Unfortunately that's about the only area where the game lives up to its promise. The rest of this unlimited freedom, open-ended gameplay talk is bullshit. Well, you can accept jobs from different factions, you can buy, sell, and trade ships, and you can also freely roam the galaxy, but the game is still incredibly linear. It doesn't matter how much buying and selling and exploring you do; every possible path that you can take leads you to the same exact place. This is primarily because of the game’s linear storyline, which you are forced to follow. I don’t want to spoil anything, but once you’re around two thirds through the game, you’ll get to a point in which alliances are erased. So you could spend hours and hours building up alliances with certain factions, but once you reach a certain point everything will go the way the linear storyline wants it to go. So much for freelancing!

Freelancer introduces some interesting marketing elements, such as buying, selling, and trading ships and parts, but once again the game’s linear storyline ruins all of the fun. You can earn/find cash from exploring the galaxy and doing various missions (story-related and not), but thanks to the game’s experience system, it’s all worthless. Basically in order to unlock new ships you need to reach certain levels, and the only way to reach those levels is to make progress in the good old storyline. So you can spend hours and hours exploring the galaxy for money (I guess this could be seen as the game’s equivalent of “leveling up”), but if you aren’t far enough in the game all of that extra work is meaningless.

The space battles don't make the game any more interesting, either. Although accessible, the missions lack in variety. They all have similar objectives (usually something along the lines of move to a point and destroy or capture something), and are generally very short and easy (except for the last few which are brutally hard). There are also other battles that you might encounter while exploring the galaxy, but they are all simple and even less impressive than the missions.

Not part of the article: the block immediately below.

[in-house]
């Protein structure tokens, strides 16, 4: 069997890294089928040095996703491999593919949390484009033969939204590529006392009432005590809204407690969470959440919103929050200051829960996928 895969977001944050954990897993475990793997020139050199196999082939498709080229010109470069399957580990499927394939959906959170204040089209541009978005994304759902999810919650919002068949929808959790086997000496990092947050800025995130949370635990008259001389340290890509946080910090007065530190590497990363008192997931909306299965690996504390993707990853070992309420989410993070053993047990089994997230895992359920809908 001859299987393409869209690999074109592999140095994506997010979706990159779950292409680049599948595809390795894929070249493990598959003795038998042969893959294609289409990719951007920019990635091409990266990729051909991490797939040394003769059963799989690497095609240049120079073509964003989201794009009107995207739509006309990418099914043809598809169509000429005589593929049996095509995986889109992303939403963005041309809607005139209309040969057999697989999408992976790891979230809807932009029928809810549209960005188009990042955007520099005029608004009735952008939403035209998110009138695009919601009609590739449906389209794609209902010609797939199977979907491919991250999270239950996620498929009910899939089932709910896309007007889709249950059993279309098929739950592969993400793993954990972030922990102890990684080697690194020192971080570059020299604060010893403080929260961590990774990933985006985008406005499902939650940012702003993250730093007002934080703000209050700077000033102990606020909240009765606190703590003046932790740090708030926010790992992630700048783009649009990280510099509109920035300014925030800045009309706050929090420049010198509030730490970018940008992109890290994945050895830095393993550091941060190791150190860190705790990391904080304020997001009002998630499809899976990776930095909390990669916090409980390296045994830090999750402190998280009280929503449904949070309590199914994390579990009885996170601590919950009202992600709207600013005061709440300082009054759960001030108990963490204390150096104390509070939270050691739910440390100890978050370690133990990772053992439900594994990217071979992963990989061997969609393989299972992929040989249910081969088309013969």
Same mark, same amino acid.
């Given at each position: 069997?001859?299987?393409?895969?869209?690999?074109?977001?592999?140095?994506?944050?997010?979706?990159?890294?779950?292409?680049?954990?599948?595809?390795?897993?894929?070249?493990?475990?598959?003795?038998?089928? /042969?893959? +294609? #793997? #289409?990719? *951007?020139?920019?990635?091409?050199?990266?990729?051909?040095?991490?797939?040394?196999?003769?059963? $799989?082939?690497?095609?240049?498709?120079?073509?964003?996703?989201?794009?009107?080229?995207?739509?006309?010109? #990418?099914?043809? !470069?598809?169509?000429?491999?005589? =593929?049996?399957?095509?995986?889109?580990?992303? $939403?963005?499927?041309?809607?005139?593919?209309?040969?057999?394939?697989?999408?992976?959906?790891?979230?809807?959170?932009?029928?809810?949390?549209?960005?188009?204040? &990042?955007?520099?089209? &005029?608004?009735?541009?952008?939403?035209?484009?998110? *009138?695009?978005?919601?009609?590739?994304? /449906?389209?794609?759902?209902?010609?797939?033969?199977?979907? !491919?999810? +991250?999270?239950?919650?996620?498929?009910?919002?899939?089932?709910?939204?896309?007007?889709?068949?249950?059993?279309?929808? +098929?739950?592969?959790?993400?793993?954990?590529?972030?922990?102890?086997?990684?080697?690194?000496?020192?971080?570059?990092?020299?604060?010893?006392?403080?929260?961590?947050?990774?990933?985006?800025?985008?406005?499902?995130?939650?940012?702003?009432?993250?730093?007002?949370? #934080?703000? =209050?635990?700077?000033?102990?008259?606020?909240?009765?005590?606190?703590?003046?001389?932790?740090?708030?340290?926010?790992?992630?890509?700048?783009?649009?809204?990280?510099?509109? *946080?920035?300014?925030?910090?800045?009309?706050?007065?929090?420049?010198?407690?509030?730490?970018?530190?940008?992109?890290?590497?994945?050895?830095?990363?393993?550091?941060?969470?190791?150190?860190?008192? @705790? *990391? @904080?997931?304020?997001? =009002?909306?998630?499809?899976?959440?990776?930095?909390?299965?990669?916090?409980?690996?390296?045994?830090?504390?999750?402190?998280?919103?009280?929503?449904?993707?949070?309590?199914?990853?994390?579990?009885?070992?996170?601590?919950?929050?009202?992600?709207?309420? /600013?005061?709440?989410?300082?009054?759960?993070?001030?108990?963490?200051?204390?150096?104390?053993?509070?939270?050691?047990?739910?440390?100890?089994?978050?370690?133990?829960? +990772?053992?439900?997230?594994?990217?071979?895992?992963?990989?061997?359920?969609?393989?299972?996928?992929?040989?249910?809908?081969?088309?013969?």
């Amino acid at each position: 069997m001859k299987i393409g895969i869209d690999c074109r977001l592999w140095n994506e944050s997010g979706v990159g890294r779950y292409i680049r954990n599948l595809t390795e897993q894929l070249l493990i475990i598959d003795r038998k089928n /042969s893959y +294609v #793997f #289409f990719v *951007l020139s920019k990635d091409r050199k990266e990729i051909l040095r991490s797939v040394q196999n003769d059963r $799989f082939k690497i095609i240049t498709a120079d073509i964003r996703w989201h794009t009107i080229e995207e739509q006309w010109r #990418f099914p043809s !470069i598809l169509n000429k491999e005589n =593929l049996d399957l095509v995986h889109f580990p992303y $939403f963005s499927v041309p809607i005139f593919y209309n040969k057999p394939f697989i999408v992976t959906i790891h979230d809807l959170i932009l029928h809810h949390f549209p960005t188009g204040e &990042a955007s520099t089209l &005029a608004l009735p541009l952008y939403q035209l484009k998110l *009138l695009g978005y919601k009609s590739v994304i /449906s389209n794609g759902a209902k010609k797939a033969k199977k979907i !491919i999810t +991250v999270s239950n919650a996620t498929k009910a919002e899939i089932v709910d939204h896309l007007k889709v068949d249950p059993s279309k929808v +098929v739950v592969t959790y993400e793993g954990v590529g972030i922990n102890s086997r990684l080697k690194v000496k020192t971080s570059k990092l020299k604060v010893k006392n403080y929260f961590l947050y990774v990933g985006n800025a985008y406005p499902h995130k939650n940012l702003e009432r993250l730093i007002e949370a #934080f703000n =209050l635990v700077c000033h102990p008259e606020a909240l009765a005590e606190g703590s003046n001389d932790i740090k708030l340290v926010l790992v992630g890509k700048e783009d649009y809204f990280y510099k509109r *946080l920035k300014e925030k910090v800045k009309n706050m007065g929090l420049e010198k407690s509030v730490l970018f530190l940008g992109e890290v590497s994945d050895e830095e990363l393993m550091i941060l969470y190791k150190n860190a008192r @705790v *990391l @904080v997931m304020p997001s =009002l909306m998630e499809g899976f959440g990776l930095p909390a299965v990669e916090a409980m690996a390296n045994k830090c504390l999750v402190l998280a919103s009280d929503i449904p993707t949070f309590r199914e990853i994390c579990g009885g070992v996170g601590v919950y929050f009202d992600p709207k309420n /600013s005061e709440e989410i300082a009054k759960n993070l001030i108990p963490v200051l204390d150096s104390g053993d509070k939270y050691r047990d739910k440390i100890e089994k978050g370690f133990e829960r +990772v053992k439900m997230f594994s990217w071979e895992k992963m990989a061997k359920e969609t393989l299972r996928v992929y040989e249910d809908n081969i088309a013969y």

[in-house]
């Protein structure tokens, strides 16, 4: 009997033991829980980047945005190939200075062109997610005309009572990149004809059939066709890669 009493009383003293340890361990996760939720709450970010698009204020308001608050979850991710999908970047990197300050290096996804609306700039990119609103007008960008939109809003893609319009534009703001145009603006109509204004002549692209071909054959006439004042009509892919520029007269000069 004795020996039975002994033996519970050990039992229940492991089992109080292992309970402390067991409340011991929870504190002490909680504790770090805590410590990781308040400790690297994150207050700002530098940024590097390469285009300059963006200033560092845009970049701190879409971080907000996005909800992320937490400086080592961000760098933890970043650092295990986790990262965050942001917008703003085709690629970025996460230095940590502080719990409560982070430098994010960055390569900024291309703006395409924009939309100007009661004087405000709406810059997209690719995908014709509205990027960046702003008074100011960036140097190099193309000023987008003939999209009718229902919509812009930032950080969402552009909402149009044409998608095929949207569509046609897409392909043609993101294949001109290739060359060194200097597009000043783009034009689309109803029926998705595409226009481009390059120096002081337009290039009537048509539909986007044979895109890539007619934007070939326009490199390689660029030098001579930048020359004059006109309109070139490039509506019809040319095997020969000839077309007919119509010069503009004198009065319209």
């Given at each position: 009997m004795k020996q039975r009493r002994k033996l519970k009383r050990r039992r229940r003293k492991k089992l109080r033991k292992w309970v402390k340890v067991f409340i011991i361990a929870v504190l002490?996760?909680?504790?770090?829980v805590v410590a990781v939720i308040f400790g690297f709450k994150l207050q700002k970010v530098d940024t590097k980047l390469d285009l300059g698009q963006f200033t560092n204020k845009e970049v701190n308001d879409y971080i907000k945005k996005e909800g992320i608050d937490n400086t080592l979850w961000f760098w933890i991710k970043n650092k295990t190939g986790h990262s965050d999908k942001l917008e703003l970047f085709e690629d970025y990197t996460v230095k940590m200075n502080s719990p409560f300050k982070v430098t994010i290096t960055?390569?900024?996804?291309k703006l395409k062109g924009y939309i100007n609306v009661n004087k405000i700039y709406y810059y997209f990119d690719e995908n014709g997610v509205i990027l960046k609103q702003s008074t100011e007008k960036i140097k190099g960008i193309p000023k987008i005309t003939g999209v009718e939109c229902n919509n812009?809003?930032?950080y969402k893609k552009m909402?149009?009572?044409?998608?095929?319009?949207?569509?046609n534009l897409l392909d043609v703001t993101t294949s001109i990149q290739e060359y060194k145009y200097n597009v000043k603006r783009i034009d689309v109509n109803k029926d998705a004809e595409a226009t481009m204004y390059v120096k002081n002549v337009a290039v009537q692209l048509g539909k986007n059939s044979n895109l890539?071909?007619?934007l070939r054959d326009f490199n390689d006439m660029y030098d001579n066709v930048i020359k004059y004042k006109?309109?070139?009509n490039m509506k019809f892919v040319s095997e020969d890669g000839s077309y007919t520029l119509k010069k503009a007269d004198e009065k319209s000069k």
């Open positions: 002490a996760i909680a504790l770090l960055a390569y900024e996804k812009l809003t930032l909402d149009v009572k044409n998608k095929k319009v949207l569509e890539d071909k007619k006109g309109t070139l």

THE VERDICT

Despite all of my bitching and moaning, Freelancer is still an average game. Its excellent controls make it highly accessible, and the idea of freelancing in an enormous galaxy has a lot of potential. Even though it is incredibly linear, I still had some fun marketing and joining various factions, while making enemies in the process. But even with its strengths Freelancer leaves a lot to be desired. Despite its title and promises it is just another space combat simulation that has been done so much better in the past, in every aspect. Hopefully some day developers will expand on these ideas and create a game similar to the one that was being hyped for so long. Unfortunately that day has yet to arrive.

Rating: 5/10

Halon's avatar
Community review by Halon (July 10, 2006)